To have a protected "net equity" claim under the Act as a "customer", the claimant must have entrusted his securities to the debtor in liquidation. Claimants' shares were never actually received by the debtor; the Debtor never came into their possession or control so as to become accountable under the Act to the claimants therefor. In order for claimants to fall within the class of "customers" of a Debtor entitled to benefits under the Act, it is necessary that the claim be "on account of securities received, acquired, or held by the debtor."

 The circumscribed class of customers protected under the Act, those persons who have "entrusted" property to the Debtor, was intentionally chosen by Congress to afford relief akin to the preference given to a reclamation claim which was well understood in bankruptcy proceedings. This type of claim was grounded on possession of identifiable securities by the broker.

 In 1938 there was added to the Bankruptcy Act a new subsection (e) to § 60, 11 U.S.C. § 96(e) (1), dealing with stockbroker bankruptcies. This was supposed to clarify and codify the law as theretofore administered although it actually considerably changed it. 5A Remington on Bankruptcy § 2514 (Fifth Edition). The general effect of reclamation rights in such bankruptcies was to permit customers to trace and reclaim identifiable property and funds in the stockbroker's possession.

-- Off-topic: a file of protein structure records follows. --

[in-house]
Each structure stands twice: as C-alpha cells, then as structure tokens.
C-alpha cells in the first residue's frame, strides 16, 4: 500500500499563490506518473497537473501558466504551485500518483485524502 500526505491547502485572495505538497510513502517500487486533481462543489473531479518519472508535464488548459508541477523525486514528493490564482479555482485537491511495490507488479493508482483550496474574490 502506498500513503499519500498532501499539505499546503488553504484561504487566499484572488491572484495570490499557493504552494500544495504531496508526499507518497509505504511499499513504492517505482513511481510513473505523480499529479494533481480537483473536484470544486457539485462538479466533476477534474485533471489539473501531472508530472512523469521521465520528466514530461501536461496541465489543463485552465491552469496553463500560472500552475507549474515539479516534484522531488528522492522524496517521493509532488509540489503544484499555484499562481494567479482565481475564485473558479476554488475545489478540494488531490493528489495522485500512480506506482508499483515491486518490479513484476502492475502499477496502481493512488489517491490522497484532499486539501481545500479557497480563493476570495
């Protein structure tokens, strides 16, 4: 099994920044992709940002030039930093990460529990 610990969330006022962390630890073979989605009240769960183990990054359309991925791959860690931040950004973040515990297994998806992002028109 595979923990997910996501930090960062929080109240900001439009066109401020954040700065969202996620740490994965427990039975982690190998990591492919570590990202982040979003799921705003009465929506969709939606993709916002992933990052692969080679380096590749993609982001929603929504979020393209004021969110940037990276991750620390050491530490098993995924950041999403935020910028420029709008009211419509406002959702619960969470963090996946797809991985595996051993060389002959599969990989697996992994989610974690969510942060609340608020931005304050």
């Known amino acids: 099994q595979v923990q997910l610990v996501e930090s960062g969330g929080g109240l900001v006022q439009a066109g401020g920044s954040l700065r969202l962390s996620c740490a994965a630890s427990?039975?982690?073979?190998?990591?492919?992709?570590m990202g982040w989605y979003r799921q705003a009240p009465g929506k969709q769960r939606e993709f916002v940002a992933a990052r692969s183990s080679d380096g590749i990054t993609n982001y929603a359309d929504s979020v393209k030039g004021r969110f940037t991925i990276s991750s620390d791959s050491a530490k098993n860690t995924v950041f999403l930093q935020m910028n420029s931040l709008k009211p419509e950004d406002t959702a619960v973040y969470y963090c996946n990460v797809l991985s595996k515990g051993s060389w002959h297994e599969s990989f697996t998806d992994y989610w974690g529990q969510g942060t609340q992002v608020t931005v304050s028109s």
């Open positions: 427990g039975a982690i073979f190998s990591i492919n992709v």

The 1938 amendment of the Bankruptcy Act set forth definitions of reclaimable "property"; this included cash and securities and also a definition of the "customers" entitled to seek reclamation of property. The defined customers are "persons who have claims on account of securities received, acquired, or held by the stockbroker." Sec. 60(e) (1), 11 U.S.C. 96(e) (1). Undoubtedly, in framing the SIPA, Congress had in mind a similar concept of a protected customer, i.e., one who had entrusted his securities to the debtor and who was claiming against the debtor "on account of securities received, acquired, or held by the debtor ". The definition in the Bankruptcy Act and SIPA sections is in identical language. Under each law, the preferential protection is accorded to a person who can trace and identify the trust property or funds in the hands of the stockbroker; other claimants must look to the general assets of the stockbroker for satisfaction.